The dearth of de novo banks in recent years was blamed, at least in part, for the rise of such developments as “charter-strip” banks, shift to a “shadow banking” system, and “banking as a service,” by a member of the Federal Reserve Board Friday.
Speaking to the Wharton Financial Regulation Conference in Philadelphia, Pa., Fed Board Gov. Michelle W. Bowman said “right-sizing regulatory requirements, improving transparency, and supporting regulatory approaches that support new banks are important tools to promote healthy competition and reduce unintended consequences.”
She said she was not suggesting making bank mergers and acquisitions more restrictive, which she called part of a healthy banking system. Instead, she said the regulatory framework should at least be more accommodative toward the de novo process.
Bowman, who serves as the community bank representative on the Fed Board, said a “viable pipeline for the creation of new banks in the United States” is needed. She asserted that there are “troubling” signs that the country is falling short on creating new banks, as evidenced by a continued decline in the number of banks across the country, continued interest in charter strip applications, and the ongoing shift of traditional bank activities into shadow banks.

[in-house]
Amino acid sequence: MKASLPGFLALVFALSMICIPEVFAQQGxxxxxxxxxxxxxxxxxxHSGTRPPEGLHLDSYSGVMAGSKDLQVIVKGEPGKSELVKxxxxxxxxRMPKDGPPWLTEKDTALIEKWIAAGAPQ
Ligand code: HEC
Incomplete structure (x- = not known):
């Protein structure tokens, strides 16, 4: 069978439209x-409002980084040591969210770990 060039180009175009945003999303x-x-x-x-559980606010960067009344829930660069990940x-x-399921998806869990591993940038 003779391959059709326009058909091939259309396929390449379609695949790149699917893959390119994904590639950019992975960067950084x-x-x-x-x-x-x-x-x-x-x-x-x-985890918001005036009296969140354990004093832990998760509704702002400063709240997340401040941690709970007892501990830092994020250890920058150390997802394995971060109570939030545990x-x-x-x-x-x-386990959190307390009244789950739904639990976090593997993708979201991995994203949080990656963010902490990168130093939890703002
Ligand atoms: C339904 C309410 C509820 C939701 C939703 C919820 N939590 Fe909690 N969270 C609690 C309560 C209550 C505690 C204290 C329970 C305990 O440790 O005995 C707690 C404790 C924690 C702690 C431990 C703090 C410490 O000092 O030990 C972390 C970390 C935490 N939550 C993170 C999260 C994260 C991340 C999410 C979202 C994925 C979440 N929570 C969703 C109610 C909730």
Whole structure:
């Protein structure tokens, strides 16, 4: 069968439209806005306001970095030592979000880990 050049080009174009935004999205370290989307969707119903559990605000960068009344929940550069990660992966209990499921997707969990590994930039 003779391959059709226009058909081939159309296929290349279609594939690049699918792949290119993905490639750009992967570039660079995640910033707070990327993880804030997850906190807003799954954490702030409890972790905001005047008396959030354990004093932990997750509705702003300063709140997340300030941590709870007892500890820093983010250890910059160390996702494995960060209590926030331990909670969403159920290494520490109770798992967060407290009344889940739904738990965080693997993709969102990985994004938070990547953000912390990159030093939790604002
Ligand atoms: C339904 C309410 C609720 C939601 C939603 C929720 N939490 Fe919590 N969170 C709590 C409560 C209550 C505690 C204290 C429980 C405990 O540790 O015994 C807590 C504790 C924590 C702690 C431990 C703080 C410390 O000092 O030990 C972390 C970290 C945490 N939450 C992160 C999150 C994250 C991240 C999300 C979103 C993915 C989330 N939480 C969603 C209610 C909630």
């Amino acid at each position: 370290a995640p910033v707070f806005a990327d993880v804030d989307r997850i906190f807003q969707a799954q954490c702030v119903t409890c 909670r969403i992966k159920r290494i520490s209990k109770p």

“While de novo bank formation may not be a top-of-mind issue for policymakers as we continue to deal with the recent bank failures, it remains an important issue,” she said. “As policymakers consider the regulatory and supervisory framework in the U.S. banking system and consider specific adjustments to address identified shortcomings, we should also take into account the impact of incremental additional regulatory changes not only on de novo bank formation, but also on credit availability, competition, and the financial system.”